Nursing staff talking to one another on a ward

Calls for upcoming NHS Bill to improve workforce planning

Writing a joint letter to Health Secretary Matt Hancock and Chair of the Health and Social Care Select Committee Jeremy Hunt, leaders from the Health Foundation, Nuffield Trust and The King’s Fund have called for the upcoming NHS Bill to “put in place a system to support better workforce planning”.

In order to achieve this, they supported the inclusion of a clause in the forthcoming bill, which set out several key aspects to achieve greater transparency.

The letter was co-signed by Nigel Edwards, Chief Executive of the Nuffield Trust, Anita Charlesworth, Director of the REAL Centre at the Health Foundation and Richard Murray, Chief Executive of The King’s Fund.

Firstly, they called on the bill to see Health Education England (HEE) publish annually projections, which would be independently verified, for the future supply of the healthcare workforce in England. These would also be compared to a projected demand for the same workforce in England for a 15-year period, consistent with the long-term projections of healthcare spending produced by the Office of Budget Responsibility (OBR).

The Secretary of State for Health and Social Care should also hold responsibility for the publication of annual independently verified projections of the future supply of social care workforce in England, compared with the projected demand in England over a 15-year period, consistent with long-term OBR projections on adult social care spending.

The three organisations called for these estimates to be as robust and complete as possible, and as a minimum be set out based on the assumption of constant policy.

Explanatory notes should make clear that the clause will require projections of both headcount and full-time equivalent for the total health and care workforce, in England and for every region, covering those working for voluntary and private providers of health and social care as well as the NHS.

The assumptions underpinning the projections must be published for:

  • The workforce flows from and to the other UK countries
  • Immigration and outbound migration of the registered professions in healthcare

These again should be both in headcount and full-time equivalent, the letter explained.

At the England level, it called for these projections to individually cover all the regulated professions (social workers, registered nurses, doctors, allied health professionals).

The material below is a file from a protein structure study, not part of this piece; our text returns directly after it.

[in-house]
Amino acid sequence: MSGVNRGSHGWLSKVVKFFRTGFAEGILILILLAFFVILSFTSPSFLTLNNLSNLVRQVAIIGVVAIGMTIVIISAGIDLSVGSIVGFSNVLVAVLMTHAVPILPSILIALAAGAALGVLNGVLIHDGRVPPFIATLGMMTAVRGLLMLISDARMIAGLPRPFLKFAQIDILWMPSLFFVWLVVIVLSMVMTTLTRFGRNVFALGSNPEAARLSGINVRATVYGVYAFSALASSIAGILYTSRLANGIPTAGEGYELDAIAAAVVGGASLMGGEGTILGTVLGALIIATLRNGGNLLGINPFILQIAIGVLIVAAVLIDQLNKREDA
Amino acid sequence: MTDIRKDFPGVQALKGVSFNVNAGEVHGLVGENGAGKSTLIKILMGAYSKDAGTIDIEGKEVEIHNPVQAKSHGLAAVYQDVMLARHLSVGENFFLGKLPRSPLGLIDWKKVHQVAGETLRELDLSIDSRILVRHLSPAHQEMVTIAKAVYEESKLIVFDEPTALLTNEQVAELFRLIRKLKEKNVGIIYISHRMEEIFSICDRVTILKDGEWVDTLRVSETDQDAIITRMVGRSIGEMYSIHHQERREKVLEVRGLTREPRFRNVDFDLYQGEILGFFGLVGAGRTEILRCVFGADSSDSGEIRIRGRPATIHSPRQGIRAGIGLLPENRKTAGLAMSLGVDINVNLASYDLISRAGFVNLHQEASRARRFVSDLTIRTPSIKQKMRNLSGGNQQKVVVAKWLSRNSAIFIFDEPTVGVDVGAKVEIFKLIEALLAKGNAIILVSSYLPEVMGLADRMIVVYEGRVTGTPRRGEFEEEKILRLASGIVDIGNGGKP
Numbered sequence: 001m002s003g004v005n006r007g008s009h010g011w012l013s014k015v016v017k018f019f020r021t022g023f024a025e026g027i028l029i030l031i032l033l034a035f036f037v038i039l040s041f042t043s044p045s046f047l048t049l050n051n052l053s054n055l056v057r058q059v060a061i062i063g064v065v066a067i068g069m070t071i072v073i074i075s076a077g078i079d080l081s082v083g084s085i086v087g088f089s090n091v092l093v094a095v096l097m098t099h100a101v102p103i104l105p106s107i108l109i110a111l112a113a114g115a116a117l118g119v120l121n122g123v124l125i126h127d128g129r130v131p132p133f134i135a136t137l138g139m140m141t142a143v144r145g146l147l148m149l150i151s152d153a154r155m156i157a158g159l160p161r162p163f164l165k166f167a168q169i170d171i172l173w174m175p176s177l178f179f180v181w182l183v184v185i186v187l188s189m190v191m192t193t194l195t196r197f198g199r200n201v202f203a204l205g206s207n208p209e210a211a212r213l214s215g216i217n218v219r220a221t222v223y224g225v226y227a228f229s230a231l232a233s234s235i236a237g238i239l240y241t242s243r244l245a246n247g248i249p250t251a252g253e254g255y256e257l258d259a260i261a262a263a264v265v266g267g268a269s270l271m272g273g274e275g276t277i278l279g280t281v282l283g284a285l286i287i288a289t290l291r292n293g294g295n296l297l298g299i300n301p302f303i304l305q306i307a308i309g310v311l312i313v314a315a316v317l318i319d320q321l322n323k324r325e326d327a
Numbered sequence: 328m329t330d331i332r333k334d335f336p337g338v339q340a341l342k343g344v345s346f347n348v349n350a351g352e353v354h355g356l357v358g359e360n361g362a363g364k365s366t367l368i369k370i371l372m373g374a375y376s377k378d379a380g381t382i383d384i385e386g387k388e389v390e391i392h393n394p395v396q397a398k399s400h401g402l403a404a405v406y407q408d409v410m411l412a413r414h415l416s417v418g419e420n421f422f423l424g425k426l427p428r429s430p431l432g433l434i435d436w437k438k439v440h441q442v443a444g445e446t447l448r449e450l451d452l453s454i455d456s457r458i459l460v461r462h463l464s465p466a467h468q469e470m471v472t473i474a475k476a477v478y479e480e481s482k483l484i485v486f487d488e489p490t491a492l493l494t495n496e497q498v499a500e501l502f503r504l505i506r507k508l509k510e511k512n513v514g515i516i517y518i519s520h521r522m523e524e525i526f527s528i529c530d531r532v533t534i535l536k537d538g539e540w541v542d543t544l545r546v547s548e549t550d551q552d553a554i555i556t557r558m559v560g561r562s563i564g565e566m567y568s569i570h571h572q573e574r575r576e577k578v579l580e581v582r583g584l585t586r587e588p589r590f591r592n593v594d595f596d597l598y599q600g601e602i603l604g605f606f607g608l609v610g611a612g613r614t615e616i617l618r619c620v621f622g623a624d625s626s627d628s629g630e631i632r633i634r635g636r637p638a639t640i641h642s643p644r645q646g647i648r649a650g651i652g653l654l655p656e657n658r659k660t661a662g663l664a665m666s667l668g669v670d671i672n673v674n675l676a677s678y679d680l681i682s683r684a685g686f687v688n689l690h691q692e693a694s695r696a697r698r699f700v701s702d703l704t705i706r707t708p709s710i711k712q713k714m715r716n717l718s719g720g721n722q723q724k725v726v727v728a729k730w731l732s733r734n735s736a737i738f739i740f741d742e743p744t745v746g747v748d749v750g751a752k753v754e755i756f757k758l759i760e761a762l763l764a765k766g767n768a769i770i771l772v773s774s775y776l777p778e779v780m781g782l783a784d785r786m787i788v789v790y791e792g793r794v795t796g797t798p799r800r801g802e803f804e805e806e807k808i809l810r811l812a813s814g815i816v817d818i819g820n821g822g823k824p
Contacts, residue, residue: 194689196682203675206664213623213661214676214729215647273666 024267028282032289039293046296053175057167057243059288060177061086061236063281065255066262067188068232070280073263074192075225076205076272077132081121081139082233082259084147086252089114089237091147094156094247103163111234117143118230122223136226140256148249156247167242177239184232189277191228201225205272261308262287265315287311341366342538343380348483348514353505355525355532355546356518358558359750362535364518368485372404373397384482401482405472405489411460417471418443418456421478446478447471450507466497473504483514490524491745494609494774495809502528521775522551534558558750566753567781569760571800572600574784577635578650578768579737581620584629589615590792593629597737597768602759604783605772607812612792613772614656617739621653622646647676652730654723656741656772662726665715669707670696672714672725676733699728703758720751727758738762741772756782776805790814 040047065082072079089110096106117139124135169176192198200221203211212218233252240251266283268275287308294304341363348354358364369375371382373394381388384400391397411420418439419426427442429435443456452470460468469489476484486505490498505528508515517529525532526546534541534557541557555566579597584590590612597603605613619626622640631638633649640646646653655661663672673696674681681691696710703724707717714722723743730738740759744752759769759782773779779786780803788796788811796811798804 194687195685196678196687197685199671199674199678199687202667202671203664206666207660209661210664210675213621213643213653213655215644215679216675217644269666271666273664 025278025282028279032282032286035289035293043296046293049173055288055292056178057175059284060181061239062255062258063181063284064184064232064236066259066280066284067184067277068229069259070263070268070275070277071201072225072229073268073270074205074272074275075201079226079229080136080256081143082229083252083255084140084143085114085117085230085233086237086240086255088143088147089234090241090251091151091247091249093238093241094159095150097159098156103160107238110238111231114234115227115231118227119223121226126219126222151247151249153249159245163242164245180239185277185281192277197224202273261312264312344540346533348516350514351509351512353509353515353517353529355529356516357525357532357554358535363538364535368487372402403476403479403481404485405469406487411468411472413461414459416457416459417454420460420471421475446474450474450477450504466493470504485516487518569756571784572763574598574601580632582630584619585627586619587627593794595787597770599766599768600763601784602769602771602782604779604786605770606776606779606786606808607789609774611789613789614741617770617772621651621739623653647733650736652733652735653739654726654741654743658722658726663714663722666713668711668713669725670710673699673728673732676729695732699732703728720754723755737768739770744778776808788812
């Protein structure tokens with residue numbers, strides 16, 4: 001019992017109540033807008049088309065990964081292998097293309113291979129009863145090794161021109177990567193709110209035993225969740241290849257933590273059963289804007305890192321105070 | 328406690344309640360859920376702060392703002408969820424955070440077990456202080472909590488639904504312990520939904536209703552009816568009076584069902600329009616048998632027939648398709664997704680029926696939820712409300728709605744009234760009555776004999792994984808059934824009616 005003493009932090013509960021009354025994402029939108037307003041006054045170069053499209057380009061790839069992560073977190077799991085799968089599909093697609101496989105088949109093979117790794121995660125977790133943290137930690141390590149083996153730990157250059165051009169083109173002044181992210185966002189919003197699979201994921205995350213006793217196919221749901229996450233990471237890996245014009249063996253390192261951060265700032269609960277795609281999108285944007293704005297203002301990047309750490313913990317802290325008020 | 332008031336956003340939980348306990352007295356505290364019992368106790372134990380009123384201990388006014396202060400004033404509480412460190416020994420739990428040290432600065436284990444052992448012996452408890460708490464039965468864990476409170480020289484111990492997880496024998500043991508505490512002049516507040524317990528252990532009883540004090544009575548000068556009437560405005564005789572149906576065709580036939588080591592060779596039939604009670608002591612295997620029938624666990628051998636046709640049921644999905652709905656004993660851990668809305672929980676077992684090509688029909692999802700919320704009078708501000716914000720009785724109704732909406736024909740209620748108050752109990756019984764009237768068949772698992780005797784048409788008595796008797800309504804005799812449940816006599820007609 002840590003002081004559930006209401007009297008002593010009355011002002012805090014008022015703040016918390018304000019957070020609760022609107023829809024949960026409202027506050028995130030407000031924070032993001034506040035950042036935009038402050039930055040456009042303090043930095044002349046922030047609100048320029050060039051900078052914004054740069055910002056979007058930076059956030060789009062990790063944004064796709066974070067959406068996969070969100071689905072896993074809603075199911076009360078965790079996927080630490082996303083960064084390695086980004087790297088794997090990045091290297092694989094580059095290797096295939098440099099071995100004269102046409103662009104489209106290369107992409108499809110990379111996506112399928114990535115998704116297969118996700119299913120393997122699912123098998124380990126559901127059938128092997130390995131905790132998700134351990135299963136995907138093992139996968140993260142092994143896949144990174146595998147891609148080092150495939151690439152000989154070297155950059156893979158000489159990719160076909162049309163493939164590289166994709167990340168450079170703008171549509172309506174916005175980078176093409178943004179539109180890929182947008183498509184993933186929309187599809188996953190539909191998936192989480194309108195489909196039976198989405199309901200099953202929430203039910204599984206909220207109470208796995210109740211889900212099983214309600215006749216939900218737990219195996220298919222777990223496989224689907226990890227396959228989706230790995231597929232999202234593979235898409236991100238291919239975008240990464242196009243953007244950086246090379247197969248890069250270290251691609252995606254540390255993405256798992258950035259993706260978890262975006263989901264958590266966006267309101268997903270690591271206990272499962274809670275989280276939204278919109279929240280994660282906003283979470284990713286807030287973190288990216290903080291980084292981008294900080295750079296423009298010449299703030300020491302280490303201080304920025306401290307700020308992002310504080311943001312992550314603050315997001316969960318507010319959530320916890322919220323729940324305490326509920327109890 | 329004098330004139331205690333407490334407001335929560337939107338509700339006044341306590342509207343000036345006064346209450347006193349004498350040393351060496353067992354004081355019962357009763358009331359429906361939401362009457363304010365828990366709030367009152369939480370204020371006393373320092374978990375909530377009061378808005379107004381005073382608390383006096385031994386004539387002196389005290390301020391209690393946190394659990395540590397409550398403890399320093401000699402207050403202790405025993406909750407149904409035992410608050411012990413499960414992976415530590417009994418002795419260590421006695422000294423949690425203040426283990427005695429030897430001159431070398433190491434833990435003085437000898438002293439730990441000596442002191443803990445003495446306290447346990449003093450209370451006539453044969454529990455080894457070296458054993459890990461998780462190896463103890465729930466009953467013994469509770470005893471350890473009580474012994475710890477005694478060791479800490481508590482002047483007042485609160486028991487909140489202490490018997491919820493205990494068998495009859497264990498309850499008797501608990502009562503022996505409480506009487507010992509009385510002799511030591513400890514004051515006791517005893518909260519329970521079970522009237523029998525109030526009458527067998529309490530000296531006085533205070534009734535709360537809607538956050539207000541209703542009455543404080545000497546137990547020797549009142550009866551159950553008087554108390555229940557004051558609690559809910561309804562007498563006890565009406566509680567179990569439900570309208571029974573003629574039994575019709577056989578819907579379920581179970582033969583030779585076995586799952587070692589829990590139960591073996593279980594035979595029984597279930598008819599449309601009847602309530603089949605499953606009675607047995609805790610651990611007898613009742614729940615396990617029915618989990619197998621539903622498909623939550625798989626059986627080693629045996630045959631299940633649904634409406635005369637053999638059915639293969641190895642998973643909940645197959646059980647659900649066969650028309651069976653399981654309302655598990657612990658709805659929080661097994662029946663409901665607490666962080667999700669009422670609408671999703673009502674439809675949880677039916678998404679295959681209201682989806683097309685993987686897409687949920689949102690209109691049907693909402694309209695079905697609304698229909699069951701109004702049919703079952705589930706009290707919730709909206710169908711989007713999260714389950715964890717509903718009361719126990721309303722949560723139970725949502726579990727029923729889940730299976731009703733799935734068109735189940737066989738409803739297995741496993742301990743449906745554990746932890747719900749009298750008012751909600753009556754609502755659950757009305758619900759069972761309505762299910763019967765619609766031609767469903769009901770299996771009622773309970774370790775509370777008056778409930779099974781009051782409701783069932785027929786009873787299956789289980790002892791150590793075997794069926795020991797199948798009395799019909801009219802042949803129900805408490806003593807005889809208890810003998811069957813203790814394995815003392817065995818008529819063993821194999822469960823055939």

The process for independent verification and a fixed annual date for publication should be in advance, the three organisations explained. Independent verification should meet the relevant standards set out in the National Statistics Authority’s code for official statistics for collecting, preparing, analysing and publishing Government statistics.

Prompted by the opportunity with the upcoming NHS Bill to address some of the workforce challenges across the health and care system, which they had highlighted in their previous report, Closing the Gap.

Co-signatory Ms Charlesworth also made the case in February 2021 to the Health and Social Care Select Committee, led by Mr Hunt, that transparent, independent and objective projections would create a policy context where the workforce is better able to meet the needs of patients in the future.

The letter and its recommendations build on that proposal and help level how the suggestions made back in February could be incorporated within the forthcoming legislation.

NHE Jan.Feb 21

NHE Jan/Feb 21

Creating a net zero NHS

NHE’s Jan/Feb 2021 edition focuses on the role of pharma working alongside the NHS, how we are working to digitise the health service and the ways in which the NHS can be involved in addressing the climate emergency.


View all videos
BMC Whitepaper


How well do the NHS understand digital potential?

Recently we have been gathering primary data direct from those within the NHS on modernising NHS technology and the challenges faced around resource, training and service management.

Download the full whitepaper and read the full findings in our exclusive report to learn more.

Finger on the Pulse

Ep 14. Health messaging is a science, Professor Craig Jackson

On Episode 14 of NHE's Finger on the Pulse podcast, we're joined by Professor Craig Jackson, Professor of Occupational Health Psychology
Birmingham City University to discuss the coronavirus pandemic, the health messaging around it and how those in power have missed a trick by overlooking the key role of psychology in informing the public of restrictions, measures and the ever-changing situation

More articles...

View all